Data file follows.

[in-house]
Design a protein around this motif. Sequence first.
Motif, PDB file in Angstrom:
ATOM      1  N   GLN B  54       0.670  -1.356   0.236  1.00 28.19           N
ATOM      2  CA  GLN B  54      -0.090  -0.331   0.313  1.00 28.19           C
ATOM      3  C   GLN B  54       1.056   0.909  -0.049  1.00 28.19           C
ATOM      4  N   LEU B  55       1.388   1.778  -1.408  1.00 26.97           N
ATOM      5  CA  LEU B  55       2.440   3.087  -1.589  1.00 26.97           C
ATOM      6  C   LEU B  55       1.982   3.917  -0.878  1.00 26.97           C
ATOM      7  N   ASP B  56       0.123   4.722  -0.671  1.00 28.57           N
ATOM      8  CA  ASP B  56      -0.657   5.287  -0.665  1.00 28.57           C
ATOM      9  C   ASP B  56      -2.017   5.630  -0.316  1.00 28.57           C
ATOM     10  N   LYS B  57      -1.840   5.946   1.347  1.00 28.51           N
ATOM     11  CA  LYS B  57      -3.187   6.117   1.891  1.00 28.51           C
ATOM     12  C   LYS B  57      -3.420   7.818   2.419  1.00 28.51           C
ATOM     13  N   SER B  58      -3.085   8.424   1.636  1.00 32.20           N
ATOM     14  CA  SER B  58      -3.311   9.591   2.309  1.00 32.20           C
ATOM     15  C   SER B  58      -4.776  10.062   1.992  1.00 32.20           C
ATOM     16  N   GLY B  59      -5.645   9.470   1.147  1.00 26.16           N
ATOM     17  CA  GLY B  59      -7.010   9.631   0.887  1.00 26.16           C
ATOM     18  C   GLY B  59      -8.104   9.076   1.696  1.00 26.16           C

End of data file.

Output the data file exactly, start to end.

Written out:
[in-house]
Design a protein around this motif. Sequence first.
Motif, PDB file in Angstrom:
ATOM      1  N   GLN B  54       0.670  -1.356   0.236  1.00 28.19           N
ATOM      2  CA  GLN B  54      -0.090  -0.331   0.313  1.00 28.19           C
ATOM      3  C   GLN B  54       1.056   0.909  -0.049  1.00 28.19           C
ATOM      4  N   LEU B  55       1.388   1.778  -1.408  1.00 26.97           N
ATOM      5  CA  LEU B  55       2.440   3.087  -1.589  1.00 26.97           C
ATOM      6  C   LEU B  55       1.982   3.917  -0.878  1.00 26.97           C
ATOM      7  N   ASP B  56       0.123   4.722  -0.671  1.00 28.57           N
ATOM      8  CA  ASP B  56      -0.657   5.287  -0.665  1.00 28.57           C
ATOM      9  C   ASP B  56      -2.017   5.630  -0.316  1.00 28.57           C
ATOM     10  N   LYS B  57      -1.840   5.946   1.347  1.00 28.51           N
ATOM     11  CA  LYS B  57      -3.187   6.117   1.891  1.00 28.51           C
ATOM     12  C   LYS B  57      -3.420   7.818   2.419  1.00 28.51           C
ATOM     13  N   SER B  58      -3.085   8.424   1.636  1.00 32.20           N
ATOM     14  CA  SER B  58      -3.311   9.591   2.309  1.00 32.20           C
ATOM     15  C   SER B  58      -4.776  10.062   1.992  1.00 32.20           C
ATOM     16  N   GLY B  59      -5.645   9.470   1.147  1.00 26.16           N
ATOM     17  CA  GLY B  59      -7.010   9.631   0.887  1.00 26.16           C
ATOM     18  C   GLY B  59      -8.104   9.076   1.696  1.00 26.16           C